Cheryl Bodamer and Norma Maxvold participate in the TiME program.
Medical educators often face a grueling daily schedule. Classes to teach, rounds to make, research to conduct. With such a tightly packed agenda, it can be hard to make time to pursue opportunities outside of day-to-day responsibilities. Many find that they would like to improve their abilities as educators by learning more about pedagogical theory and techniques, but don’t have time to commit to earning a master’s degree.
Because teaching is a key part of the School of Medicine’s educational mission, Terry Carter, Ph.D. has created a 12 credit-hour graduate certificate program designed specifically for medical educators and their overloaded schedules. The Teaching in Medical Education (TiME) Faculty Fellows program celebrated its first graduating class of faculty members, basic scientists and clinician educators this spring.
“Medical educators are really busy people,” says Carter, who previously worked as the director of VCU’s Adult Learning Program. “So I carved out the most essential elements for teaching and learning – instructional strategies, curriculum design, group facilitation and basic adult learning principles – to give more people the opportunity to improve their teaching skills through the program.” To date, more than 70 medical educators from across the MCV Campus have participated in the program.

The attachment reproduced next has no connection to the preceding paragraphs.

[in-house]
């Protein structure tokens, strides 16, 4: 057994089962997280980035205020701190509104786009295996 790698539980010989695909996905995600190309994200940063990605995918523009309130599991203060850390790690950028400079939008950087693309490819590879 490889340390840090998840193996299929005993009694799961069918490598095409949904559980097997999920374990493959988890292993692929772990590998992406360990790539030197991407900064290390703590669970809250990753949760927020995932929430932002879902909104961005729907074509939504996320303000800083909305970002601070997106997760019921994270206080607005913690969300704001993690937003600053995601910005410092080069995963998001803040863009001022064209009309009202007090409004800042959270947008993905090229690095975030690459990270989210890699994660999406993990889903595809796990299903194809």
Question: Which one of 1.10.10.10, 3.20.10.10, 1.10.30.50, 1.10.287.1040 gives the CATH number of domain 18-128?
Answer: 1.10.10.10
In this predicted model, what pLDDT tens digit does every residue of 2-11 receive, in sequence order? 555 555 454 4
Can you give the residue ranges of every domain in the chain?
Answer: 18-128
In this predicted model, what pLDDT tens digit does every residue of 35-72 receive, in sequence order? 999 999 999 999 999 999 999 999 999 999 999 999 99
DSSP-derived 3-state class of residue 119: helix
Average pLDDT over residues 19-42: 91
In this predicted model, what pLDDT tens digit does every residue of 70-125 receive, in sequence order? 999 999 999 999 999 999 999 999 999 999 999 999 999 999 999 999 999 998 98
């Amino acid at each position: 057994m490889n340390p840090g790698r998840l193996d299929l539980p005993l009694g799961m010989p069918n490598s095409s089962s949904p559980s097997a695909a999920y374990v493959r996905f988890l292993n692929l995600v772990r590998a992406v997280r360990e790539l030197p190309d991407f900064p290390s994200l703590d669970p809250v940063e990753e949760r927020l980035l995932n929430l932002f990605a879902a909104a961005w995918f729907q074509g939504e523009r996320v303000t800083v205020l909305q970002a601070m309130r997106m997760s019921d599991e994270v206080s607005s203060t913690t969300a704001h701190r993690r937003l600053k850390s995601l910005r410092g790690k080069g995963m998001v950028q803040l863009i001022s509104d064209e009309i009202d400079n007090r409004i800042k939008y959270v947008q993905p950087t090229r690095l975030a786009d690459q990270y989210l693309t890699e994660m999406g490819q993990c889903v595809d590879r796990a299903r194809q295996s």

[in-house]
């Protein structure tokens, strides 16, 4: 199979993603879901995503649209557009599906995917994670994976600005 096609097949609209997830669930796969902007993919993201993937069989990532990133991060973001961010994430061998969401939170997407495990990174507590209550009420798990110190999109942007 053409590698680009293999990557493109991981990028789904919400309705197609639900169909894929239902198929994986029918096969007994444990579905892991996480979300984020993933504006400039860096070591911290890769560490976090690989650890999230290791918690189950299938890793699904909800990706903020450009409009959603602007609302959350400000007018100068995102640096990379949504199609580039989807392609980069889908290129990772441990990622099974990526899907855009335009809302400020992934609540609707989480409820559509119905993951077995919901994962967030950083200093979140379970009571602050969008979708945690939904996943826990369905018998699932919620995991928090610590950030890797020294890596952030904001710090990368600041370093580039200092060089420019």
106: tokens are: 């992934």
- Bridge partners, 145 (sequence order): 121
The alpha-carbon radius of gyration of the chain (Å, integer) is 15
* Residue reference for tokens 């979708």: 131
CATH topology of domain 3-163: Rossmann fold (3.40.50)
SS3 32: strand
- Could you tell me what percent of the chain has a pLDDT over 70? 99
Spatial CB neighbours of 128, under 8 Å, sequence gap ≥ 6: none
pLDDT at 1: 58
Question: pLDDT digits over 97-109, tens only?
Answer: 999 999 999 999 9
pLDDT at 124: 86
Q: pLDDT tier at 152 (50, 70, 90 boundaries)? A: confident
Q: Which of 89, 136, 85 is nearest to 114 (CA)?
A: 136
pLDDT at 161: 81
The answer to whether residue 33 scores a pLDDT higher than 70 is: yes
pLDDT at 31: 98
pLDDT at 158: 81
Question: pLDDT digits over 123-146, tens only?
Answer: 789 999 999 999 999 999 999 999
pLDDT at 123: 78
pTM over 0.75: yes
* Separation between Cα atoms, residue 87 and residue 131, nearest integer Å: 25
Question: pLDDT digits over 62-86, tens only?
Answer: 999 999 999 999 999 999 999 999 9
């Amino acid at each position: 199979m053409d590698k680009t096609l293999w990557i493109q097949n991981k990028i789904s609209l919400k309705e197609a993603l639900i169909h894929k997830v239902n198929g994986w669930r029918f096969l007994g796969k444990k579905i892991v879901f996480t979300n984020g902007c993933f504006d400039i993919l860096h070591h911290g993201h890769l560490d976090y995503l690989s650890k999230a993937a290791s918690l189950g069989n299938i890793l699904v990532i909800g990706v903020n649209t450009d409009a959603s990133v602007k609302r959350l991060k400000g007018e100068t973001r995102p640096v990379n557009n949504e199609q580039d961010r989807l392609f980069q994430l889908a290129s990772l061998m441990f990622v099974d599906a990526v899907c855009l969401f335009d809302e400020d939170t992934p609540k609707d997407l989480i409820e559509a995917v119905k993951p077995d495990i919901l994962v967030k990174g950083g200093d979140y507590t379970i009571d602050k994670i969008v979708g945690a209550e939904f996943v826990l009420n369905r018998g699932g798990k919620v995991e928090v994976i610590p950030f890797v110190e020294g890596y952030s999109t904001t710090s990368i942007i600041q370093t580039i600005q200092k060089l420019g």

Teresa J. Carter (far right) stands with the latest cohort of TiME graduates: (standing, left to right) Melissa J. McGinn Greer, Roy T. Sabo, Susan R. DiGiovanni, Bennett B. Lee, Kellie E. Carlyle, Emily K. Marko and (pictured, left to right) Frank Fulco, Stephanie A. Call and Ema A. Dragoescu.
The benefits of TiME go well beyond a convenient schedule and helpful instructional techniques. “The most beneficial part of program is getting the chance to work with educators across disciplines,” says Carter, “and the richest learning comes from the cross-fertilization of ideas between specialties. The majority of TiME participants are clinician-educators who teach residents as well as medical students. They tell me that the relationships they develop, and what they learn from their peers in the program are among its most valuable aspects.”
For her part, Carter, who has a long history in adult education, is constantly amazed by how quickly her students can absorb and apply the information they learn in her classes. She hopes that as more educators come through the program, graduates will push innovation and new techniques in classrooms across campus, especially within the re-designed undergraduate medical curriculum and its focus on collaborative, team-based learning.
By Jack Carmichael